The National Center for Interprofessional Practice and Education (NCIPE) has chosen the Interprofessional Education Collaborative (IPEC) as the recipient of its Pioneer Award for its work in stimulating interprofessional education across the United States.
A Tribute to IPEC Co-Founder Harrison C. Spencer (1944-2016)
Founding Member and Board of Directors Chair Harrison C. Spencer, MD, MPH, President and CEO of the Association of Schools and Programs of Public Health (ASPPH) passed away on August 10, 2016, in Washington, DC.
For the leadership of Dr. Spencer and his colleagues, NCIPE recognizes IPEC for its extraordinary leadership in bridging together education and practice across its many health professions. A member of many committees, boards, and professional societies, Dr. Spencer was most proud of co-founding IPEC with his medical, nursing, pharmacy, and dentistry peers in 2009 .
Dr. Spencer’s death is a loss that is felt far and wide in the interprofessional movement to which he cared and contributed so much. In his own words, Dr. Spencer worked tirelessly to “deliver on the promise of interprofessional education and practice to improve health and populations.”
In July 2000, Dr. Spencer assumed the position of President and CEO of the Association of Schools of Public Health (ASPH), and in August 2013, he led the transformation of ASPH to a new organization, the ASPPH. His intellect, passion, leadership, and compelling ethical values were treasured by all in the ASPPH community.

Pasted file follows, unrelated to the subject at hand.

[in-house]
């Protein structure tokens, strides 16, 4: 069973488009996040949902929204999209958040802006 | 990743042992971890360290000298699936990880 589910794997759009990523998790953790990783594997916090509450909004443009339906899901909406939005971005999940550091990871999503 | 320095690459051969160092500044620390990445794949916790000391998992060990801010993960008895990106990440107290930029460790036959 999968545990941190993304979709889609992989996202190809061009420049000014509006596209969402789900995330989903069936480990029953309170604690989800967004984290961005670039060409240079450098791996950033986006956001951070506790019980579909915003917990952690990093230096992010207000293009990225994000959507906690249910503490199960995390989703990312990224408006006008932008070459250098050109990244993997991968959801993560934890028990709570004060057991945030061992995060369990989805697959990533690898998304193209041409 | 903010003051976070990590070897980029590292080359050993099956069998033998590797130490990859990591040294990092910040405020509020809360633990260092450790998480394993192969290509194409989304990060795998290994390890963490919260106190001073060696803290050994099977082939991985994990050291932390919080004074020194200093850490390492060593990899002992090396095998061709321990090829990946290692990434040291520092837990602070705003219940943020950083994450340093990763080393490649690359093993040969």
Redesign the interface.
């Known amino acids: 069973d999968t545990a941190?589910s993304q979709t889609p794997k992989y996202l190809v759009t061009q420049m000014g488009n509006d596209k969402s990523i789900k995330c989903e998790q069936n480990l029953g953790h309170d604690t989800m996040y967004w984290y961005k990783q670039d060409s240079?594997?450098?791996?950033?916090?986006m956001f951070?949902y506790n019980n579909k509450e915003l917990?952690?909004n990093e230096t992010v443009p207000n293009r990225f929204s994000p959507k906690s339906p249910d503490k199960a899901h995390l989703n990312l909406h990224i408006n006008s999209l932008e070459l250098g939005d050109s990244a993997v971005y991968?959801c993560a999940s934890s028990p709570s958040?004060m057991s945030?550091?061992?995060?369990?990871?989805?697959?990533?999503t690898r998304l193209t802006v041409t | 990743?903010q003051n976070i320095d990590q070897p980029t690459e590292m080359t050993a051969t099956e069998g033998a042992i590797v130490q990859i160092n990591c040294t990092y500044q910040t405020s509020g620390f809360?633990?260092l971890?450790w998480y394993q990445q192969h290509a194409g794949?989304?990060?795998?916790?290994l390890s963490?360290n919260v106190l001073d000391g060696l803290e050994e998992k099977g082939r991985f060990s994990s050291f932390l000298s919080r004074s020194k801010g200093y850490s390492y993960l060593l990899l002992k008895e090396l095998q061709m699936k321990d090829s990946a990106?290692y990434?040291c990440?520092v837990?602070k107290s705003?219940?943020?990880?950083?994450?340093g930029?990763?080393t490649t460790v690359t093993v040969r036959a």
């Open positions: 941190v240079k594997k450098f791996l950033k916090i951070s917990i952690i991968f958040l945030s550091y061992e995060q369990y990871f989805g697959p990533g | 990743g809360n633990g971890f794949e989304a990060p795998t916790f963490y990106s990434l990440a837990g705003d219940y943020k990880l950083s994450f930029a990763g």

A true leader, Dr. Spencer worked tirelessly on behalf of academic public health. Nationally and internationally recognized for his clinical public health work, research endeavors in infectious disease prevention and control, and authorship of more than 100 publications, Dr. Spencer was uniquely able to speak on both practice and research perspectives.
In recent years, Dr. Spencer was frequently called upon to speak to both prospective students in public health as well as students already active in the field he came to love and champion. He dug deep into the many lessons he learned in his professional and personal experiences to prepare remarks that could inspire the next generation of health professionals. He often spoke about the enormous potential of individuals working purposefully, through barriers and across cultures, for the health of the public and the value of each and every person’s potential to make a difference.
This quote from a recent speech he gave to students rings true to all who knew Dr. Spencer and who wake up every day excited to continue work to improve the public’s health:
“Public health is filled with heroes, both well known and unknown. They are visible on the national or international stage or they work quietly in communities with families and individuals. When they do their job, they often become invisible.”
IPEC will remember and honor Dr. Spencer’s legacy by continuing and supporting his work to transform health care delivery.
Read more about Dr. Spencer’s profound impact and life accomplishments in public health.